Aircraft. P-35, 1941; P-40, 1941-1944; P-47, 1943-1944; P-38, 1943, 1944-1946; P-51, 1946-1950; F-80, 1948-1951; F-84, 1951-1957; F-86, 1956-1957; F-100, 1957. F-15, 1991-1992; F-4, 1992-2004; F-117, 1992-2008; AT-38, 1992-1997; T-38, 1993-; HH-60, 1993-1999; F-22, 2008-; MQ-1, 2009-; MQ-9, 2009-.

Operations. In 1941, the group trained in the United States for tactical operations. Provided air defense for northern Australia after moving there in early 1942. Earned a Distinguished Unit Citation (DUC) for engaging the enemy in frequent and intense aerial combat while operating with limited materiel and facilities, 14 Mar-25 Aug 1942. In New Guinea, flew air defense missions against a Japanese offensive toward Port Moresby and escorted bombers and transports. Earned a second DUC for operations over Papua, Oct 1942-Jan 1943. In Mar 1943, took part in the Battle of the Bismarck Sea. Interdicted enemy installations, supply lines, and troop concentrations in support of Allied ground forces that eventually pushed the Japanese out of New Guinea. Covered Allied landings on Noemfoor and participated in the conquest of Biak. Flew long-range escort and attack missions to Mindanao, Halmahera, Ceram, and Borneo. Engaged enemy fighters, attacked shipping in Ormoc Bay, supported ground forces, and covered the Allied invasion of Luzon. For intensive operations from 27 Oct to 7 Dec 1944 against the Japanese on Leyte, the group earned a third DUC. Other missions from the Philippines included strikes against industrial and transportation targets on Formosa and against shipping along the Chinese coast. During the occupation of Japan, took part in maneuvers and surveillance patrols as part of Far East Air Forces. In the summer of 1950, during the invasion of South Korea, the group covered the evacuation of civilian personnel from Kimpo and Suwon and flew missions against enemy gun positions and troop concentrations in support of UN ground forces. Later, struck interdiction targets in North Korea. Became the first combat jet fighter group to operate from bases in South Korea. Earned fourth and fifth DUCs for combat air operations in Korea, Jun-Nov 1950 and 9 Jul-27 Nov 1951. Continued air support of ground forces and interdiction missions to the end of the war in 1953. On occasion, attacked special high-priority targets such as the Suiho Dam hydroelectric plants in Jun 1952 and the Kumgang Political School in Oct 1952. Provided air defense for Japan, 1953-1957. Not operational, 15 Apr-10 Dec 1957. In 1991, resumed operations, deploying aircraft and crews to Southwest Asia for combat air patrol around Kuwait. In Mar 1992, also began basic fighter training for USAF crews. Under the 49 Fighter Wing, the group managed the only stealth fighter squadrons in the Air Force. Personnel and aircraft deployed periodically to Southwest Asia to enforce no-fly zones over Iraq, take part in shows of force, and support United Nations weapons inspectors. One of the group’s squadrons flew HH-60 helicopters for search and rescue missions from 1993 to 1999. Trained German Air Force pilots in the F-4, 1992-2004, and Taiwanese Air Force fighter pilots in the AT-38, 1993-1997. During the winter and spring of 1999, the group deployed stealth fighters and their crews to Europe for stealth fighter air strikes against Serbia during Operation ALLIED FORCE. In 2003, the group’s stealth fighters and crews also took part in air strikes against Iraq during the successful U.S.-led invasion of that country, Operation IRAQI FREEDOM. Continued to support combat operations there until the complete overthrow of the regime of Saddam Hussein. Replaced F-117 with new fifth generation fighter F-22 Raptors and began training pilots in the new aircraft in 2008. Trained officers as pilots and enlisted personnel as sensor operators for flight operations of the MQ-1 Predator and MQ-9 Reaper unmanned aerial systems beginning in 2009.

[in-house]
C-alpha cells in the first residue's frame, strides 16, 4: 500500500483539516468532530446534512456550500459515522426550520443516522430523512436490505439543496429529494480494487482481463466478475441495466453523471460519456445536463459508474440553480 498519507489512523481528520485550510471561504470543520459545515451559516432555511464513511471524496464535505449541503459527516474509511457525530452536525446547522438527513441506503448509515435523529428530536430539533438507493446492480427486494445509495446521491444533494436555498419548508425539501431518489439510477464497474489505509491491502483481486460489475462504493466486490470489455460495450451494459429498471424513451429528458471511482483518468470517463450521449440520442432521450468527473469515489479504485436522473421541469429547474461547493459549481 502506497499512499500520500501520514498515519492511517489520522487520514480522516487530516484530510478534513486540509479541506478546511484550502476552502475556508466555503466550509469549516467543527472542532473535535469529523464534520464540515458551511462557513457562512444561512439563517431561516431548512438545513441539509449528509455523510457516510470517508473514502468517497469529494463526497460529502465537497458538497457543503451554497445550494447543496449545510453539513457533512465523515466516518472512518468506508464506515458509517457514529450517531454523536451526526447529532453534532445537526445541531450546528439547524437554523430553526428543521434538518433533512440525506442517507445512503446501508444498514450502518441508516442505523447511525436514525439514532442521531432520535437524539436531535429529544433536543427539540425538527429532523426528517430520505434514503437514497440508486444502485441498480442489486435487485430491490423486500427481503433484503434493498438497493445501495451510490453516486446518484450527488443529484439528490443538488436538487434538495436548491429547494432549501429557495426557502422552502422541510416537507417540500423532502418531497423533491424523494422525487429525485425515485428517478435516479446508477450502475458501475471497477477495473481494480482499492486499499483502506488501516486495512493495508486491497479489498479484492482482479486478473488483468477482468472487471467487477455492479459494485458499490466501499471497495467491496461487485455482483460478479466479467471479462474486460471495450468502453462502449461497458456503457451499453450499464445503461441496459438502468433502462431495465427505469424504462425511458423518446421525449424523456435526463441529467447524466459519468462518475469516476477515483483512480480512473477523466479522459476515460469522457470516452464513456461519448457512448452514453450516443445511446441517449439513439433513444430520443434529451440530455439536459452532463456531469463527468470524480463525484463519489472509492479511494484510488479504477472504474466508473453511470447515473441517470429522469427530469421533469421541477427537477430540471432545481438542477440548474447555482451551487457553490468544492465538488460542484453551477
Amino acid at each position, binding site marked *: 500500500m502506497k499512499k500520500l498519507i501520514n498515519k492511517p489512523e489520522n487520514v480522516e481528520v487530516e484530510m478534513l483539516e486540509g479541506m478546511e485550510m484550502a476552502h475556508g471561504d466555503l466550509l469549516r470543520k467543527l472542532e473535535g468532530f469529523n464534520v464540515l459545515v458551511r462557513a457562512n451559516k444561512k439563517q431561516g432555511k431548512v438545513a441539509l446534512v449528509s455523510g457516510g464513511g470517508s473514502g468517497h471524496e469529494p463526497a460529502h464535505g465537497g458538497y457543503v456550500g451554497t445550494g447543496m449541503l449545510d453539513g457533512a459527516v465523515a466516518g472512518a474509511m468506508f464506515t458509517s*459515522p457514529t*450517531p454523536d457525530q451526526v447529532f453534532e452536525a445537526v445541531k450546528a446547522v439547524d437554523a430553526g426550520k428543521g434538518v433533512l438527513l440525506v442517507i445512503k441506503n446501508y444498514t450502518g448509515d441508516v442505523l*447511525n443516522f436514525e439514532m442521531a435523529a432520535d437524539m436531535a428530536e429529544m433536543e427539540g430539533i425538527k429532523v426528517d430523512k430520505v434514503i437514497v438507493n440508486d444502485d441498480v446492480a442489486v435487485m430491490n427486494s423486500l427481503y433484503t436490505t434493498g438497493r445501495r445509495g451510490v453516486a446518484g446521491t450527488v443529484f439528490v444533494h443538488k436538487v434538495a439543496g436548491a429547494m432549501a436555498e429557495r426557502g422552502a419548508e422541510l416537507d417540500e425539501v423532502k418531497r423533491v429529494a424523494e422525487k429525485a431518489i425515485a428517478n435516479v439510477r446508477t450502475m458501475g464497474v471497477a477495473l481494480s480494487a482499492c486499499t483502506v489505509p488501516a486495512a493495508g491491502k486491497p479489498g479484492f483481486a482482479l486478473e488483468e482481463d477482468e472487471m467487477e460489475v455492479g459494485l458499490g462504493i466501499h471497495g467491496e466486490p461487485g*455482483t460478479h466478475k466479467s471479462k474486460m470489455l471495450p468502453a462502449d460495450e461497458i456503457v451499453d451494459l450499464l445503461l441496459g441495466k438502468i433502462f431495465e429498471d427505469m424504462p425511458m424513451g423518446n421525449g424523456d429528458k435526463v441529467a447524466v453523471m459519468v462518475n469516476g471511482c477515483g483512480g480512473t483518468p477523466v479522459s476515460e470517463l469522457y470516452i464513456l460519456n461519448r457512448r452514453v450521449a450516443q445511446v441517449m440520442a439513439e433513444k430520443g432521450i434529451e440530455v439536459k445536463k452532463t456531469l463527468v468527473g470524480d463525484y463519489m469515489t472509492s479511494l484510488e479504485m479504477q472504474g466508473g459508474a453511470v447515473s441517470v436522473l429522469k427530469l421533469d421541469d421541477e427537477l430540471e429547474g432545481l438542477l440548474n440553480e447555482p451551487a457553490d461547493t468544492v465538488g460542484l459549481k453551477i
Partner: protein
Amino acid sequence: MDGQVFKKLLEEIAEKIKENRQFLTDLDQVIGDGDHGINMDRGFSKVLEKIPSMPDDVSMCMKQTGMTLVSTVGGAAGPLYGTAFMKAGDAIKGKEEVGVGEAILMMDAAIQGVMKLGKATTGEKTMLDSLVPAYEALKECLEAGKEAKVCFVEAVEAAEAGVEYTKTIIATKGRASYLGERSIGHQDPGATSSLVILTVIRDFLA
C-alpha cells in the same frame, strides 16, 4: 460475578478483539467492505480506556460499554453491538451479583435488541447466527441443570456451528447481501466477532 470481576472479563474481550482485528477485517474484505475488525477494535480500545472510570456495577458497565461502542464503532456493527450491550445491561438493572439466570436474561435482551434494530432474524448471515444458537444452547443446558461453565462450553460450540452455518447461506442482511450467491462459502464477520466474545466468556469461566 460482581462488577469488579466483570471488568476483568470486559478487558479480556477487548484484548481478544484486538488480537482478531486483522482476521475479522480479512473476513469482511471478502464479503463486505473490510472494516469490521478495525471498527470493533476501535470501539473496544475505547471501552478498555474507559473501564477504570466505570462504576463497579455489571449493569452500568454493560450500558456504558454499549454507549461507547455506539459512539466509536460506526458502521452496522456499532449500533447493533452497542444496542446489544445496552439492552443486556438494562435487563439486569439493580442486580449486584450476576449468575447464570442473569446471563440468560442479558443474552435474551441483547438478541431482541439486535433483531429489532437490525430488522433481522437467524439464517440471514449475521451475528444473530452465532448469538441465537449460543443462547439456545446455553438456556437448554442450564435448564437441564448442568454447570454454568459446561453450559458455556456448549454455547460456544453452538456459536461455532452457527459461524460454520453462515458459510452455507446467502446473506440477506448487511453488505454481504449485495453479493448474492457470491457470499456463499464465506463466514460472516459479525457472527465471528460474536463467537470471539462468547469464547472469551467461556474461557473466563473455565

Service Streamers. None.

Campaign Streamers. World War II: East Indies; Air Offensive, Japan; China Defensive; Papua; New Guinea; Bismarck Archipelago; Western Pacific; Leyte; Luzon; China Offensive. Korea: UN Defensive; UN Offensive; CCF Intervention; First UN Counteroffensive; CCF Spring Offensive; UN Summer-Fall Offensive; Second Korean Winter; Korea Summer-Fall 1952; Third Korean Winter; Korea Summer 1953. Kosovo: Kosovo Air.

Armed Forces Expeditionary Streamers. None.

Decorations. Distinguished Unit Citations: Australia, 14 Mar-25 Aug 1942; Papua, [Oct] 1942-23 Jan 1943; Philippine Islands, 27 Oct-7 Dec 1944; Korea, [Jun]-25 Nov 1950; Korea, 9 Jul-27 Nov 1951. Meritorious Unit Award, 30 Apr 2008-1 May 2009. Air Force Outstanding Unit Awards: 1 Jun 1995-31 May 1997; 1 Jun 1998-31 May 1999; 2 May 2004-31 May 2005. Philippine Presidential Unit Citation (WWII). Republic of Korea Presidential Unit Citations: [Jun] 1950-7 Feb 1951; 8 Feb 1951-31 Mar 1953.

Emblem. Group will use the wing emblem with the group designation in the scroll.